Eighty five percent of women reported that they opt out of important life activities because of feeling bad about their looks, according to a study by Dove.
Eighty. Five. Percent.
Twenty eight percent of women say they’ve experienced workplace discrimination. Seventy seven percent of women said this country needs to continue working to close the wage gap between men and women. Eighty one percent of women in America use a modern form of birth control. This means that almost every woman (see my video below) is holding back on life because she doesn’t feel like she’s pretty, or thin, or sexy enough. We’re allowing ourselves to be oppressed by our own poor self-image.
At the same time, we’re being bombarded on a constant basis with marketing messages that reinforce the belief that our bodies aren’t good enough, thin enough, or sexy enough by the diet industry.
The diet industry contributes to the oppression of women by perpetuating harmful myths about women’s bodies for the sake of making a profit. And profit they do—Americans spend north of $60 billion annually on diet and weight loss products.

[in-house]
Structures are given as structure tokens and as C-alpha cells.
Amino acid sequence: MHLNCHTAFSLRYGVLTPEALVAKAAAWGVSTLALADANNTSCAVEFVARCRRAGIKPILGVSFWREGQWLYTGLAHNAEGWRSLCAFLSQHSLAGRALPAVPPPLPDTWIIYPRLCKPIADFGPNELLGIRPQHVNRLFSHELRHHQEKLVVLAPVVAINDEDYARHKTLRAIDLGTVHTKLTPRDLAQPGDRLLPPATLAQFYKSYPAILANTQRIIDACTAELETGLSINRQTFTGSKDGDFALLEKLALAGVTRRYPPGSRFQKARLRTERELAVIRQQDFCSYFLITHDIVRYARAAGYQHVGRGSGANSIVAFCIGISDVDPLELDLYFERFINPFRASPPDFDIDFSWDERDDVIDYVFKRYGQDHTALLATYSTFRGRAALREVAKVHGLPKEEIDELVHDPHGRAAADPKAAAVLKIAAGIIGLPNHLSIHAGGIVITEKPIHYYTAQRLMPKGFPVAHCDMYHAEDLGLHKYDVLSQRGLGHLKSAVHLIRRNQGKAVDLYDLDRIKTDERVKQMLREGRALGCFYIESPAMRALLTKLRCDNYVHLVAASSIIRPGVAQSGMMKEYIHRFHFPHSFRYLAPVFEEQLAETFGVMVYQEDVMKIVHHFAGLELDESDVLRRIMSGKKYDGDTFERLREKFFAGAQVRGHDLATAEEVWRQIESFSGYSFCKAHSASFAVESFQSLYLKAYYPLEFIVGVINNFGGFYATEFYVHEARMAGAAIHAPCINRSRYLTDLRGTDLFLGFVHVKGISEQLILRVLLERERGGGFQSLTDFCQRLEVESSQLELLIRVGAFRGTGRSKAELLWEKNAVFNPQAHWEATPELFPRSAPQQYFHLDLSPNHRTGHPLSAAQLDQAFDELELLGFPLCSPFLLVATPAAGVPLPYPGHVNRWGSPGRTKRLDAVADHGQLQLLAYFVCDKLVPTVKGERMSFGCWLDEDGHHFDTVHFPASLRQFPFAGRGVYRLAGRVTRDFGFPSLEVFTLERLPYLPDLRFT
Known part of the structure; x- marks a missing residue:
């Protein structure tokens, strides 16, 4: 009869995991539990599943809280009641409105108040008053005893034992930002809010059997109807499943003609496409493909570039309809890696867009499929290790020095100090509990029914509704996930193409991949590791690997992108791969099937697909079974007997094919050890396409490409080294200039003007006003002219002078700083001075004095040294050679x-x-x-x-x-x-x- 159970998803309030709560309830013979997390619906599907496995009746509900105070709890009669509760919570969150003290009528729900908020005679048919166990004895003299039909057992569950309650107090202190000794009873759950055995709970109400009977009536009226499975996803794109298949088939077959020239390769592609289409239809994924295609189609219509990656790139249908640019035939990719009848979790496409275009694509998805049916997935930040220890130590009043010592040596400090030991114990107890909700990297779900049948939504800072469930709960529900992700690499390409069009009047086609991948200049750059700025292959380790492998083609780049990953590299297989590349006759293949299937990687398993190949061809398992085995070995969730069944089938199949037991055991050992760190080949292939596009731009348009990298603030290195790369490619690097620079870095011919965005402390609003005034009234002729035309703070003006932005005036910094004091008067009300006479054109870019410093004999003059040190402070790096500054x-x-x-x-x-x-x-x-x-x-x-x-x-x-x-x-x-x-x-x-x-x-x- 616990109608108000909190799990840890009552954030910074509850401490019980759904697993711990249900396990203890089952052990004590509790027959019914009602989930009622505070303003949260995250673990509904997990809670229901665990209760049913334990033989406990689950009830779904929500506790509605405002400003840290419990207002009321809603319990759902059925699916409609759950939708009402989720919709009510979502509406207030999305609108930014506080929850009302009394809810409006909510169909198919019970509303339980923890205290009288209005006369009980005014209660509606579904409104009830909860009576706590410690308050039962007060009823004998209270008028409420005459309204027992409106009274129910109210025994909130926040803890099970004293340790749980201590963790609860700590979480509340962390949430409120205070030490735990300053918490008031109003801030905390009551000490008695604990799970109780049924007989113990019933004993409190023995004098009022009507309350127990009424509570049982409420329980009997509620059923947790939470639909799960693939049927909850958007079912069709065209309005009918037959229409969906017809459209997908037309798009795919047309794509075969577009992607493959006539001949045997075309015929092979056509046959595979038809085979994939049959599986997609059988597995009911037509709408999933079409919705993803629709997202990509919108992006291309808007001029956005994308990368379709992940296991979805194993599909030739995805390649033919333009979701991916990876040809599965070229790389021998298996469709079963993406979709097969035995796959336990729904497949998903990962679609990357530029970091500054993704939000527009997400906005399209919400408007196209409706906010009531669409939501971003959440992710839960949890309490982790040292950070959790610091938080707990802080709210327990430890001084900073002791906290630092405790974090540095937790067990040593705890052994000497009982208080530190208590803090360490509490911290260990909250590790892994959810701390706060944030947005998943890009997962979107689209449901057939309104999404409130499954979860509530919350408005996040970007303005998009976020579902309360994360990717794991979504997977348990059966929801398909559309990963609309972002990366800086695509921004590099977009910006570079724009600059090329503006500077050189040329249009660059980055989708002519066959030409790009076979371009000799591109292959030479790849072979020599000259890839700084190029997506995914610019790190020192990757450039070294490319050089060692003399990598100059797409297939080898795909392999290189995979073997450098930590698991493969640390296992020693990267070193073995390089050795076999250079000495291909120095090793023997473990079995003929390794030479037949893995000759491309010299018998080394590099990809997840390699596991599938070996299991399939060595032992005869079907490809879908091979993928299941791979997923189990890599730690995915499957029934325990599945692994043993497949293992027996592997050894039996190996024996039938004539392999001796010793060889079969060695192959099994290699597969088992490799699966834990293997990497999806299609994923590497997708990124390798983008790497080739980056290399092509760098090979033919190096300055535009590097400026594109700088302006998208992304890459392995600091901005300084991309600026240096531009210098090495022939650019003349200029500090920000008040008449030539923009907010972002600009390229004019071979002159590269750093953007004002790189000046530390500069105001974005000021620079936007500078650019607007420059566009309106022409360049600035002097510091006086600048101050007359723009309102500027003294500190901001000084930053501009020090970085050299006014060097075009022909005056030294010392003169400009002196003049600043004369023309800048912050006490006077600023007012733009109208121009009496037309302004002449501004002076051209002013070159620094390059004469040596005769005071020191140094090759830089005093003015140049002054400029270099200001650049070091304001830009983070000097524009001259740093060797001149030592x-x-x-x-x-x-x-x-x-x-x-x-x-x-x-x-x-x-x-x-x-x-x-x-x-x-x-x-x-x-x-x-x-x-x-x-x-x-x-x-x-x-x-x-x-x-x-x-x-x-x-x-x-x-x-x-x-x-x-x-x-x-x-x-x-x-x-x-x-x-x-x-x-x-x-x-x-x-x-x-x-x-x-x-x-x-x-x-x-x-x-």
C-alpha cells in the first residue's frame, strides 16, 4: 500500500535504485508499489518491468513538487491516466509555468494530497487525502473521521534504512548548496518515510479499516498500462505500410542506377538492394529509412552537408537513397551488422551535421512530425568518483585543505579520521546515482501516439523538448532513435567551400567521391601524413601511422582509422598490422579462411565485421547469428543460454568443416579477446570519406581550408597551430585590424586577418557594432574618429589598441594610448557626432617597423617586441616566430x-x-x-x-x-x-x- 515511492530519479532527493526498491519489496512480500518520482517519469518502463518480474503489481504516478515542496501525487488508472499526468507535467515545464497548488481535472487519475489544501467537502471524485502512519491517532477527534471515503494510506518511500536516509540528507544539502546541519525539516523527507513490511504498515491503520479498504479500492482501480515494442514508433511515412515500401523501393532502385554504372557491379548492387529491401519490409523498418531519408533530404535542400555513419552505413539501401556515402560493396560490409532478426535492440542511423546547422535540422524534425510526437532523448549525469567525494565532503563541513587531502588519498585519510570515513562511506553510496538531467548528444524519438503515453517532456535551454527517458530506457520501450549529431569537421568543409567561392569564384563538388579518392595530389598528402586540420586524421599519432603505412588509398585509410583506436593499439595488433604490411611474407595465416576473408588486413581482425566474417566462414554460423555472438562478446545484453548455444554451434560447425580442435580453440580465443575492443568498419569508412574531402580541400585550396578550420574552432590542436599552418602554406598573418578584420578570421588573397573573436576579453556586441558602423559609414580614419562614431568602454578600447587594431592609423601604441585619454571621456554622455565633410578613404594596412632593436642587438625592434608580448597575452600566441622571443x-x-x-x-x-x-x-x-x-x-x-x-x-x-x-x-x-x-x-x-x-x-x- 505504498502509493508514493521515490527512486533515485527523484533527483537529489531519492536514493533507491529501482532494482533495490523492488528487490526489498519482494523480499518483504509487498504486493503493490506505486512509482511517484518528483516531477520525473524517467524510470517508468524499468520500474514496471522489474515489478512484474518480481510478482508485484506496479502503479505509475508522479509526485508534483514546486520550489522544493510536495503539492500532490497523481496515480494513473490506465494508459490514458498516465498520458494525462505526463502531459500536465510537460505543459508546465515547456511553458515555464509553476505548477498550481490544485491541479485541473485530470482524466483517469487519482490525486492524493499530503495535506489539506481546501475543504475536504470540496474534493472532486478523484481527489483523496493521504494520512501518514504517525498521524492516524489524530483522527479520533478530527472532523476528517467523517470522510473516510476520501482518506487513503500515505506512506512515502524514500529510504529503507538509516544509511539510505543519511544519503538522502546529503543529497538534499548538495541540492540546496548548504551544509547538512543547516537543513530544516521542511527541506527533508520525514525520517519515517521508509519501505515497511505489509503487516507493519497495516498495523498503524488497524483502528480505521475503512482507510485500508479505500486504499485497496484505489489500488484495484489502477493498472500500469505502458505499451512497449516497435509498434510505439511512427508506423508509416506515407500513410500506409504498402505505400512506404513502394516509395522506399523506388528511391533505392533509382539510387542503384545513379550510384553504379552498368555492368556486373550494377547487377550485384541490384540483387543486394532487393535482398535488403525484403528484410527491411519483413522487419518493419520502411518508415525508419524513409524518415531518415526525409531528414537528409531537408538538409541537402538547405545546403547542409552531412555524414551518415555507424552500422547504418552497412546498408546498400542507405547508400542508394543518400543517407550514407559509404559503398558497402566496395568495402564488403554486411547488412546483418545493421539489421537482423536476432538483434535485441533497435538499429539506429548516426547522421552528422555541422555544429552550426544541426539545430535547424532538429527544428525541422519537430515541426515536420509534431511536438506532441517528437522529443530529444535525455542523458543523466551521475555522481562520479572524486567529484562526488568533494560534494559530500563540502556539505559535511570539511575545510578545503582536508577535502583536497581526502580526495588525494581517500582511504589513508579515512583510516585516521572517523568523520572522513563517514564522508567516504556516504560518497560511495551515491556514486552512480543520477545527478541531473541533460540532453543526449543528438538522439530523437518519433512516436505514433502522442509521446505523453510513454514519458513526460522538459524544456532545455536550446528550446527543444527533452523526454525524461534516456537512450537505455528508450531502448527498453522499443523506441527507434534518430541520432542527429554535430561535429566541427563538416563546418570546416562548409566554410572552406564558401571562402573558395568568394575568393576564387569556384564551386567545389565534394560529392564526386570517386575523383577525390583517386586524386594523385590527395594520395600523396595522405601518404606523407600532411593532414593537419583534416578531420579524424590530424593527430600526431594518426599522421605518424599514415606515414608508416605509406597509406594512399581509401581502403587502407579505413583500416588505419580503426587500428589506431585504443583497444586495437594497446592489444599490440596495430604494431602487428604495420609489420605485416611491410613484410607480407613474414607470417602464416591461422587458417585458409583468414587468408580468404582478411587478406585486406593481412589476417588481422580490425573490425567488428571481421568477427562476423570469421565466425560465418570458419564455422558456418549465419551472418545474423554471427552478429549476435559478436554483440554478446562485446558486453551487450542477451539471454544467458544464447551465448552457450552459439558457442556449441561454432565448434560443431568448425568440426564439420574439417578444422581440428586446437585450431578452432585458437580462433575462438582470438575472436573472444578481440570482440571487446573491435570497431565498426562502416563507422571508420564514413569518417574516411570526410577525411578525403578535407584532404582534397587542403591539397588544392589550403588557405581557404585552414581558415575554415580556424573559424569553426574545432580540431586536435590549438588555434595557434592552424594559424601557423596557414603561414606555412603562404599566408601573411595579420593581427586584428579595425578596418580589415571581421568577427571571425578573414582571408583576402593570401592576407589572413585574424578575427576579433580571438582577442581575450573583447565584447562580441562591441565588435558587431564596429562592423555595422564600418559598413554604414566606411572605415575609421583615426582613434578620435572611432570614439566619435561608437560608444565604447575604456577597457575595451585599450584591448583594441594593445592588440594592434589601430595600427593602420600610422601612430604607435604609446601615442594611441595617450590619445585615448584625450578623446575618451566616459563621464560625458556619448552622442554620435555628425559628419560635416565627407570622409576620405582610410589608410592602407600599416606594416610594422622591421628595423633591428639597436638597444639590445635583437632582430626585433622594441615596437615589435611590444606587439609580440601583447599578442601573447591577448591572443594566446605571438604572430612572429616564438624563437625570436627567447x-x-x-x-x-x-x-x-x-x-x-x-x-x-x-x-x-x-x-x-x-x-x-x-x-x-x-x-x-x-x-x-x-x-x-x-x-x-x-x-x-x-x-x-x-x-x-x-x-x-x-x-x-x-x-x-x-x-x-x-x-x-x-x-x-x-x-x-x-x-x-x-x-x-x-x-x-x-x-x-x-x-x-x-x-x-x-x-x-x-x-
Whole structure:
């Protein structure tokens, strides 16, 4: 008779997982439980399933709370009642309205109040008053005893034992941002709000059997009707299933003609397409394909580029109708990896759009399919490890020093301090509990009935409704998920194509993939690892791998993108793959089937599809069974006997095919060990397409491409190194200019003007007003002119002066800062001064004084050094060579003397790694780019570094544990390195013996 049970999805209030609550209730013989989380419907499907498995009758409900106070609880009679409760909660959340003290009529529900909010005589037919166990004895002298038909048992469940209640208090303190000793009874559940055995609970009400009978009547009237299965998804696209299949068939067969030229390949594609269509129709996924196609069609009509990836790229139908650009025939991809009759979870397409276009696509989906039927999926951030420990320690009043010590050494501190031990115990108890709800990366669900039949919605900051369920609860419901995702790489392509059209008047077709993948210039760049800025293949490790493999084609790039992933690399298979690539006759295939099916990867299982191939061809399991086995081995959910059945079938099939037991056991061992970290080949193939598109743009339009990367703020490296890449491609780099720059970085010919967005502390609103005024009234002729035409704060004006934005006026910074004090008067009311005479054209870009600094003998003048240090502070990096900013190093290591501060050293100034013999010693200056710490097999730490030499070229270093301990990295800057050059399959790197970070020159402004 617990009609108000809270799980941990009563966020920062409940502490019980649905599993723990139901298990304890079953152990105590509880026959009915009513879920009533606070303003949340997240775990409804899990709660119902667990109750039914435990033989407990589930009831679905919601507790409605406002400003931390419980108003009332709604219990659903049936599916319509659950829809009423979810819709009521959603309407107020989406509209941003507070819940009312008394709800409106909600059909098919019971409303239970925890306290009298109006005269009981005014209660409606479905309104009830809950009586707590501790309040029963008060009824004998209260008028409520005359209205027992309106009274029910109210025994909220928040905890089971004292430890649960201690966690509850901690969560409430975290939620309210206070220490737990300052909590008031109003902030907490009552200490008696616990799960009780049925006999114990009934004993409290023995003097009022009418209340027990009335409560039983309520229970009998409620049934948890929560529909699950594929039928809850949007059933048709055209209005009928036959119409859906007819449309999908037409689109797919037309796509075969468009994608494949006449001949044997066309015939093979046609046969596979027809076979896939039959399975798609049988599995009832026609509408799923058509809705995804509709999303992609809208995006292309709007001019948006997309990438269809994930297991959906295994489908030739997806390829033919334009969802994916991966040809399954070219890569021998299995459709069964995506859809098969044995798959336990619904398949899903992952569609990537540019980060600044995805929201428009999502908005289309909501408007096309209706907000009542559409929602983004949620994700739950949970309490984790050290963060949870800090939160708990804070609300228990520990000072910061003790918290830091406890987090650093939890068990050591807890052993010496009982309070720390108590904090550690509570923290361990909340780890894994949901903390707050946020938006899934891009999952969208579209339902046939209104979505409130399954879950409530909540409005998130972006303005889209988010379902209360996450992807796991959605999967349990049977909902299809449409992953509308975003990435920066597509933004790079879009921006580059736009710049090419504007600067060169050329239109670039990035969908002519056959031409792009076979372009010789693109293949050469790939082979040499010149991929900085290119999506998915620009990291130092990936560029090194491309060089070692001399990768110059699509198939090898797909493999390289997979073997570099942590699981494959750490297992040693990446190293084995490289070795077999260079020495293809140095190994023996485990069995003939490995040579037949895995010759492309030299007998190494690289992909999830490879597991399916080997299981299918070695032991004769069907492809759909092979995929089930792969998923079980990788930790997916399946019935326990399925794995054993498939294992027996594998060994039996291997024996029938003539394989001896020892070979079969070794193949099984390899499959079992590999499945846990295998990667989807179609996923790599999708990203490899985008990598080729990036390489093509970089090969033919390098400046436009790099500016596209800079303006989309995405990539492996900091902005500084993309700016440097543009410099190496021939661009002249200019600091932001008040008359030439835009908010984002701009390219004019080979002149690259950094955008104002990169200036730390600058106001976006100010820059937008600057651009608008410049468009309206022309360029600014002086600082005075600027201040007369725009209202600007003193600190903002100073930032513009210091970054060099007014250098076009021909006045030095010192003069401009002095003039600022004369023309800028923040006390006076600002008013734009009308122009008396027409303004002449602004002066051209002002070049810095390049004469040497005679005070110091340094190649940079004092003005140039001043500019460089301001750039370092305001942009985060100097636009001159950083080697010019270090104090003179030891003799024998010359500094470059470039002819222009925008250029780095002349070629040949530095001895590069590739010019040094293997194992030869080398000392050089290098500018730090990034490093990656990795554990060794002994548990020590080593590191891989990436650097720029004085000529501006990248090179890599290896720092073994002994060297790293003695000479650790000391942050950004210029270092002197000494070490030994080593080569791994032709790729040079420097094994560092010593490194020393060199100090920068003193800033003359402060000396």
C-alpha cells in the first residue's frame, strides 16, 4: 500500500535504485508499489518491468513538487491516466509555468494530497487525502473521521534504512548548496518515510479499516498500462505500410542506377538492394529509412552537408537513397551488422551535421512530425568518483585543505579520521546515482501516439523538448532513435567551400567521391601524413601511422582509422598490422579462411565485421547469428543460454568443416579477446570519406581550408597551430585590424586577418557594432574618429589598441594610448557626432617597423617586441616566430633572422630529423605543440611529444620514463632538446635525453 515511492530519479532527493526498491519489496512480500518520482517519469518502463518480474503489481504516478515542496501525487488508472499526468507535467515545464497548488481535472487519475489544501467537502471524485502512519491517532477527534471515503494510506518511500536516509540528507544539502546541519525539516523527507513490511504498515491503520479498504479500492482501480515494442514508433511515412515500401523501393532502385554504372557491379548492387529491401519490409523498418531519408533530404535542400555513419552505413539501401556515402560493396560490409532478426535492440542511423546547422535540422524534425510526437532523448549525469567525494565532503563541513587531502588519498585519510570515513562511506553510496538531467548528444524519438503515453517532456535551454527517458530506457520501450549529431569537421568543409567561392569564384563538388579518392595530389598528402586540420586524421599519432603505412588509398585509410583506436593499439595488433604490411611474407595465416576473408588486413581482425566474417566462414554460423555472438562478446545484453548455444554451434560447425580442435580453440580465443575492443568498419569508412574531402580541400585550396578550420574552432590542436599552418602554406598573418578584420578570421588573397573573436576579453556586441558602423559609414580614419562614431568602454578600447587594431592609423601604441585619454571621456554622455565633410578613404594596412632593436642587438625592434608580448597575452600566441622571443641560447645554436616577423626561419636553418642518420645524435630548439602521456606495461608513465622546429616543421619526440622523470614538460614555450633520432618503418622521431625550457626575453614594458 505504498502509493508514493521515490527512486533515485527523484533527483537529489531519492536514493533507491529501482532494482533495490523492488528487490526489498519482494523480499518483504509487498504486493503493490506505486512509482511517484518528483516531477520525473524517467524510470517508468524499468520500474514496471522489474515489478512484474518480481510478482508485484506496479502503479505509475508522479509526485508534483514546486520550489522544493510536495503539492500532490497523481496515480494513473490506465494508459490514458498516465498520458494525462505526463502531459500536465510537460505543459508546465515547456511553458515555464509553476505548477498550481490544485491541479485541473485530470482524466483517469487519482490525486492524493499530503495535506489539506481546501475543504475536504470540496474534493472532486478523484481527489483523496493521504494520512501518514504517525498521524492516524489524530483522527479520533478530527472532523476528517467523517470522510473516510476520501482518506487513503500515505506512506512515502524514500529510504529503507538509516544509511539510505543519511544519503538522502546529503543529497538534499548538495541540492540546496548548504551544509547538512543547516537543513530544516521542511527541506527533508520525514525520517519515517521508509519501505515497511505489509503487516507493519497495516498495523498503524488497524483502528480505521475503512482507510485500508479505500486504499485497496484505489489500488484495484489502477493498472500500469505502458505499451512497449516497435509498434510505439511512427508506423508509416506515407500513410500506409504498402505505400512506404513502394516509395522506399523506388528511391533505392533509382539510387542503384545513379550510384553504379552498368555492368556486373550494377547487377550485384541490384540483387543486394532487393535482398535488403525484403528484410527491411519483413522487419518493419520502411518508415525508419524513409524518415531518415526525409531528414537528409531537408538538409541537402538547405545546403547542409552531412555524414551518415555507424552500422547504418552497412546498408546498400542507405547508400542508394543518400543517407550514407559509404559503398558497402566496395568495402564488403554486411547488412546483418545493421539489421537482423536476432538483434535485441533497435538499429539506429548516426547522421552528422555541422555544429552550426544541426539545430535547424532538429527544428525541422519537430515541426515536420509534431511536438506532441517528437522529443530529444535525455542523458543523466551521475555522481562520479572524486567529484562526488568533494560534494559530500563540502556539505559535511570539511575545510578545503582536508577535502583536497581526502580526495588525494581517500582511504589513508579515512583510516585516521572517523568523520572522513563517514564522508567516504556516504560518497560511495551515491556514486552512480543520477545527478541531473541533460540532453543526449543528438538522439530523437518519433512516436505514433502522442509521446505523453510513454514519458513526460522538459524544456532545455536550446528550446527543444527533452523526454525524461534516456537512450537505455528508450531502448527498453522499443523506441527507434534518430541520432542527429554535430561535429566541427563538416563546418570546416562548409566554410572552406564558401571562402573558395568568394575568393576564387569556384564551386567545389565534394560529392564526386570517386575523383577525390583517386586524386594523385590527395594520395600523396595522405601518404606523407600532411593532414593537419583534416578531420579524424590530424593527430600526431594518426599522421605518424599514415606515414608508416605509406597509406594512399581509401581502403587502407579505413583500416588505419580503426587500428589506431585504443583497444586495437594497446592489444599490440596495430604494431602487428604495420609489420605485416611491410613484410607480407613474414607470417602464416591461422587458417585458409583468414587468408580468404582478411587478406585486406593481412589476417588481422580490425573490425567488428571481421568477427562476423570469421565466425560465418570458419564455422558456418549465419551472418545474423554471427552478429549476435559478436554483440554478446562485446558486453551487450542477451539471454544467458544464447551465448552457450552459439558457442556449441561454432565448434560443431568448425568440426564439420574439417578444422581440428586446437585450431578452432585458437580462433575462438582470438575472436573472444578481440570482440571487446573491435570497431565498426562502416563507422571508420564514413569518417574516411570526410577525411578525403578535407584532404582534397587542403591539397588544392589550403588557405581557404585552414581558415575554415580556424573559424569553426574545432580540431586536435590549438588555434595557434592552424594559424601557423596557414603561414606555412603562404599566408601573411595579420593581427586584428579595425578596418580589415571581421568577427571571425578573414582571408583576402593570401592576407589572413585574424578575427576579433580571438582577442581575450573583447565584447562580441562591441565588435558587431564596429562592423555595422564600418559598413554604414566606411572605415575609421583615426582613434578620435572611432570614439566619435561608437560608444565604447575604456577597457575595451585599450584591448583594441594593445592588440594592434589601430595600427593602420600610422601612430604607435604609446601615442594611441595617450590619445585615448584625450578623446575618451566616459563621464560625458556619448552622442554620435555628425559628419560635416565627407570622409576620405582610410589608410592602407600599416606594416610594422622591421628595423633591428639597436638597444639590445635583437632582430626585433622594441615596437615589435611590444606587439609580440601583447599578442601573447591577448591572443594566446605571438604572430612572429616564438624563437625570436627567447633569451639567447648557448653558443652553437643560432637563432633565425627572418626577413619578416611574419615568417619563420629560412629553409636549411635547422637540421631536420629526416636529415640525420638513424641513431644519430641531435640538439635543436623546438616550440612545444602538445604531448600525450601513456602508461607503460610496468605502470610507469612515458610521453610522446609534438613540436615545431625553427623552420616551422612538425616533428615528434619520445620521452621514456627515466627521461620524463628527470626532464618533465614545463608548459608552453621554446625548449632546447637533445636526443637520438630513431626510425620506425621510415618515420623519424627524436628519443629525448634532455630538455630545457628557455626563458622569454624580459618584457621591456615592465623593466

This means that we’re not only consenting to being oppressed by poor self-image, we’re paying into it to the tune of $60 billion a year, with our hard-earned (unequal) wages.
That’s enough to fund Planned Parenthood’s operating budget 60 times over. Every. Single. Year.
I believe that women are the future—but if we’re more preoccupied with losing “the last 10 pounds” than with the well-being of our society, this country is in real trouble.
When you spend money on diet and weight loss products, you probably don’t think about it as an investment. Low cost memberships in diet and weight loss programs tend to be less than $47 per month. But that spending is a form of investment. When you add up everyone’s individual purchases, it adds up to a huge amount of money that we spend as a collective.
I’m as guilty as anyone of buying in to products that promise fast, easy weight loss results. As a self-proclaimed “recovering fat kid,” I went on my first diet at the age of 7, and have struggled with binge eating disorder for most of my adult life.
While I have fallen victim to the powerful marketing messages of the diet industry, like many others, I have now chosen to consciously defund the diet industry on a personal level. And I want you to join me.
Let's stop allowing our existence to center around our size, and how closely our bodies resemble some unattainable standard of perfection.
Can we change this for ourselves, the women in our lives, and the next generation of women by choosing to accept ourselves and our bodies exactly as they are? Let's stop opting out of our lives and start living.
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